real-time trend viewing pages, only to discover a particularly curious trend; for all of the satire being thrown around in this wake of this papal upheaval, there was a genuine amount of interest being generated as well. The usual suspects were out there of course (the hilarious hashtag #popecombine imagines the selection of a new Pope

as being similar to the NFL Draft), but the vast majority of incoming tweets were being composed by people legitimately interested by the goings-on in Vatican City, and concerned Catholics. The satire was of course rising to the top (concerned sentiment or philosophical questions rarely generate interest the way that a solid Pope joke does), but the bulk of the buzz was legitimate. At the rate of a solid 2,000 tweets-per-minute, the world is currently voicing its opinion on the first ex-Pope since 1415. It’s a distinction worth noting, that the World, not the Internet, appears to be weighing in via the micro-blogging juggernaut. Twitter is no longer an internet hive-mind, churning out cat photos and memes, but a global one that is truly living up to it’s billing as both a measuring stick of the world’s interests, and a gauge of it’s reactions. To be fair, memes and cats are still the order of the day for certain segments of the Twitterverse, but much like the Internet itself, Twitter has undergone a substantial evolution over the last few years.

Twitter is finally living up to the lofty expectations of its creators, as every athlete, corporation and celebrity worth their salt has joined the everexpanding network. We’ve seen celebrities built on Twitter, in the form of Phoenix Coyotes forward Paul “Biznasty” Bissonette, who spends many of his games watching from the press box, but whose blunt approach to tweeting has generated nearly 500,000 followers and a line of designer hockey apparel. By comparison, Bissonette is just 100,000 followers shy of 2013 NFL MVP Adrian Peterson, further confirming that celebrity can be earned via the latest way to increase your online footprint. You’ll even find your favorite cereal on Twitter, and although I’m still trying to work out how General Mills convinced 10,000 people to stay abreast of their most recent cereal-related goings on, a cereal company just convinced 10,000 people to put the maker of Lucky Charms in the same feed as their friends. That one will likely go down as the marketing coup of the century.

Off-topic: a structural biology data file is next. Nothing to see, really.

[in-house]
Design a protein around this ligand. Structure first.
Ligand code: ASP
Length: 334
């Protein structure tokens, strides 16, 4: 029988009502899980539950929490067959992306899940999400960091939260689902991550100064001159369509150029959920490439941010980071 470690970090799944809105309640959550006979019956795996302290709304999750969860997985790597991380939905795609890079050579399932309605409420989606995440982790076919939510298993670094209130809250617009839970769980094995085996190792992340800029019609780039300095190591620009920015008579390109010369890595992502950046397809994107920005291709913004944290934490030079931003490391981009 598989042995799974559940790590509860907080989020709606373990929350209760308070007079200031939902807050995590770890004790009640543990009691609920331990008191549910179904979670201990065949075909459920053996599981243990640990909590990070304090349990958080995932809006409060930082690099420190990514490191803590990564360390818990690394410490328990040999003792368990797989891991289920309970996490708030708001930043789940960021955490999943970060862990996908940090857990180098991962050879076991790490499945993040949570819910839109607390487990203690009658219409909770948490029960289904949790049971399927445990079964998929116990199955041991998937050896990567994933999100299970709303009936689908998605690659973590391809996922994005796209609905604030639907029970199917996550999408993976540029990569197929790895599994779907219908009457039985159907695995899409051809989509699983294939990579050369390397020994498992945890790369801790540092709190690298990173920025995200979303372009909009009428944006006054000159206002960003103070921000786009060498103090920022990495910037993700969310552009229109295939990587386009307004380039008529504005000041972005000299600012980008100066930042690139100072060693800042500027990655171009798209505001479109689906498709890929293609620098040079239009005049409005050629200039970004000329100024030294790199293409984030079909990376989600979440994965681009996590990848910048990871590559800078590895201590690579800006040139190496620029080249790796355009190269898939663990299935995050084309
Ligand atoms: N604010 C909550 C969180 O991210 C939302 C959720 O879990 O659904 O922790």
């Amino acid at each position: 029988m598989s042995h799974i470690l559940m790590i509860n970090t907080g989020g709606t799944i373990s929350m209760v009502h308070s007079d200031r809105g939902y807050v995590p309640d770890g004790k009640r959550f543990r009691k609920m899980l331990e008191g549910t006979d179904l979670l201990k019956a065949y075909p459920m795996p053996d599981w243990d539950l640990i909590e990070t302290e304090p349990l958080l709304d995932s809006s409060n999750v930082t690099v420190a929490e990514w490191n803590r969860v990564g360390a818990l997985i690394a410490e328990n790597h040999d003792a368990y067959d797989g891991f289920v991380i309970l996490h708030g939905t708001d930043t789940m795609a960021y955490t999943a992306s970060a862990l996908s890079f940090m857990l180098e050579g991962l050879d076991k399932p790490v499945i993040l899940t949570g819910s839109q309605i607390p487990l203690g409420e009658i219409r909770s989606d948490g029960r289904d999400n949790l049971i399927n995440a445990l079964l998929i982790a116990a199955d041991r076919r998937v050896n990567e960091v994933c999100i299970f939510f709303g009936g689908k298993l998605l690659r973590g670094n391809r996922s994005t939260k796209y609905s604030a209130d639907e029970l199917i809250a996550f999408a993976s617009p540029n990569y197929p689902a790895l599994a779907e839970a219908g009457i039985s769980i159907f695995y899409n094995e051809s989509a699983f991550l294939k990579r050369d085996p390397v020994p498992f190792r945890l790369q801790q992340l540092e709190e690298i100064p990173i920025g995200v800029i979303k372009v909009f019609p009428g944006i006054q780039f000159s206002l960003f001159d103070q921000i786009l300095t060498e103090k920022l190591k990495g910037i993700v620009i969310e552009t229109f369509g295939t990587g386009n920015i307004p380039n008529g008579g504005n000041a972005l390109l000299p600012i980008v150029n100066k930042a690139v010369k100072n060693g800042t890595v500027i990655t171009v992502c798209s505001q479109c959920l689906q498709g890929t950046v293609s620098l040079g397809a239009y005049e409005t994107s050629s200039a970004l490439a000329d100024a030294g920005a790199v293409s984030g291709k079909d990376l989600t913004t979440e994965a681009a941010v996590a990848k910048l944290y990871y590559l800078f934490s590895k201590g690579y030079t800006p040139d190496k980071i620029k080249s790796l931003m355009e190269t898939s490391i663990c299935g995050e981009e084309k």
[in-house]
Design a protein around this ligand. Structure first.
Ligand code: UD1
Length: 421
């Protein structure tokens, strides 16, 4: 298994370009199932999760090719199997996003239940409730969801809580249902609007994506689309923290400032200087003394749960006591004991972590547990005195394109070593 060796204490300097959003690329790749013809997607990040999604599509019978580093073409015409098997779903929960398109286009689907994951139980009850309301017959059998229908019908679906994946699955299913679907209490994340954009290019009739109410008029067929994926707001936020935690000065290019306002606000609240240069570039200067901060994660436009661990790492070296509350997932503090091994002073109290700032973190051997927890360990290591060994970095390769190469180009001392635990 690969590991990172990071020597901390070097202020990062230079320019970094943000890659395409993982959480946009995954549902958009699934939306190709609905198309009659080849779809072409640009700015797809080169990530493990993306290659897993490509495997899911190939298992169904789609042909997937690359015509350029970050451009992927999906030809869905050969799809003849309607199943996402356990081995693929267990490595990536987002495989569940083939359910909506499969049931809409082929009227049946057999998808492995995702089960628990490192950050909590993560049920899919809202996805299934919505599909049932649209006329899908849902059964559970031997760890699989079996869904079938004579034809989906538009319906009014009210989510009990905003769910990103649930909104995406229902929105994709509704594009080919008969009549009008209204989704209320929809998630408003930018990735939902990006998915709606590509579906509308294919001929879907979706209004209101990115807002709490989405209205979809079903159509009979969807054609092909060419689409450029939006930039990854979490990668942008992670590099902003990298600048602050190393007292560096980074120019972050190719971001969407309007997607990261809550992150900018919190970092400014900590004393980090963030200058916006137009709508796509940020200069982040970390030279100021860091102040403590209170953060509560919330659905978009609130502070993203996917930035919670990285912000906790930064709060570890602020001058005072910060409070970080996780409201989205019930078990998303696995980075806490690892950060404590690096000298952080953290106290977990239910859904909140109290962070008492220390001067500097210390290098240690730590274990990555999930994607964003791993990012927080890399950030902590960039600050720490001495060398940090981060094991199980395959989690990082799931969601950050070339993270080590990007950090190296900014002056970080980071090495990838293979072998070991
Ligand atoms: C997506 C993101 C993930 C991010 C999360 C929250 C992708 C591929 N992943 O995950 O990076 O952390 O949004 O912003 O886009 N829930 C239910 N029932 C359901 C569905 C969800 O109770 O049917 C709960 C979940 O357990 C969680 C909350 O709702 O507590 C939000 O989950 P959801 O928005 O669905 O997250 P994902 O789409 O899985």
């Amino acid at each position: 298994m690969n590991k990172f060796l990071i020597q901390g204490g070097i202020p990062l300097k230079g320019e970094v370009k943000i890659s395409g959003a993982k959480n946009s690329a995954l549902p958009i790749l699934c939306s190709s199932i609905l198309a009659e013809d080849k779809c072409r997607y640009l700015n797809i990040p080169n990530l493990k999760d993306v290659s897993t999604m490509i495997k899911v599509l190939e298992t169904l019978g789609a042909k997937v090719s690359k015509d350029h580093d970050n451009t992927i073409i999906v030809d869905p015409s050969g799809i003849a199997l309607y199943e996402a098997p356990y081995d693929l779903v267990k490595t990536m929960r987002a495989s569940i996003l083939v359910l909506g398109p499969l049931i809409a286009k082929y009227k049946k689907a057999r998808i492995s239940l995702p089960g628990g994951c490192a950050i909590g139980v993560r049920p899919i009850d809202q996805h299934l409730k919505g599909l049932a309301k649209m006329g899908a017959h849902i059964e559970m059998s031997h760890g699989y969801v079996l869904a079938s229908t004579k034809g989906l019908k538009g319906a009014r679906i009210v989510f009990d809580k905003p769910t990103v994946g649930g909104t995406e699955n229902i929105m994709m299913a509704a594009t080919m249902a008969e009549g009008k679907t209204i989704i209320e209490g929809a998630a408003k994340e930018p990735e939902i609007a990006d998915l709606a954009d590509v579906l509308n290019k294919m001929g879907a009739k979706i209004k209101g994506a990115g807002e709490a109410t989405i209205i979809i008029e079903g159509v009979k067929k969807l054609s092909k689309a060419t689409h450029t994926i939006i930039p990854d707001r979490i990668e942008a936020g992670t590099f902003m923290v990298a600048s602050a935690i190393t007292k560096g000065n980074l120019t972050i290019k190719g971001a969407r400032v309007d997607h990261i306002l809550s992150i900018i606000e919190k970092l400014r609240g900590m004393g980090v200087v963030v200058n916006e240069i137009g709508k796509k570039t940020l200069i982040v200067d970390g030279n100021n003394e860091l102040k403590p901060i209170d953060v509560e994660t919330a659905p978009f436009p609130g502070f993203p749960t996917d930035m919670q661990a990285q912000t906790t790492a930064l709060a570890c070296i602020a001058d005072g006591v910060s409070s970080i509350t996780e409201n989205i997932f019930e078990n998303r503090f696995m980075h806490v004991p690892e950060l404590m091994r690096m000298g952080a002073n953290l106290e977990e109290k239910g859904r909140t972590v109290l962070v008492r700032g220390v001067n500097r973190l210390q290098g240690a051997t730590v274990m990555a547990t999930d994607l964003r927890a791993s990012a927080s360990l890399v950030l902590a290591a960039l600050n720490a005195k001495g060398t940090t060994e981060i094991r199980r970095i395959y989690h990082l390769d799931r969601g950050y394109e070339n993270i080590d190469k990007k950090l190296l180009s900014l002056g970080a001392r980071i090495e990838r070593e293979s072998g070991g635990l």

Twitter / page 6

Image courtesy of Twitter That’s right, per day. That’s a lot of tweeting, and while some it may be meaningless, much of the noise is actually pretty useful. The Holy See might not spend all day hashtagging, but quite a few of you appear to be. So get out there and network, microblog, find your own group of followers. Everyone else is doing it.


Tuesday, February 12, 2013


POPE “It’s time for there to be a Latin American pope, because Latin America the greatest number of Christians,” said the Rev. Juan Angel Lopez. continued from 3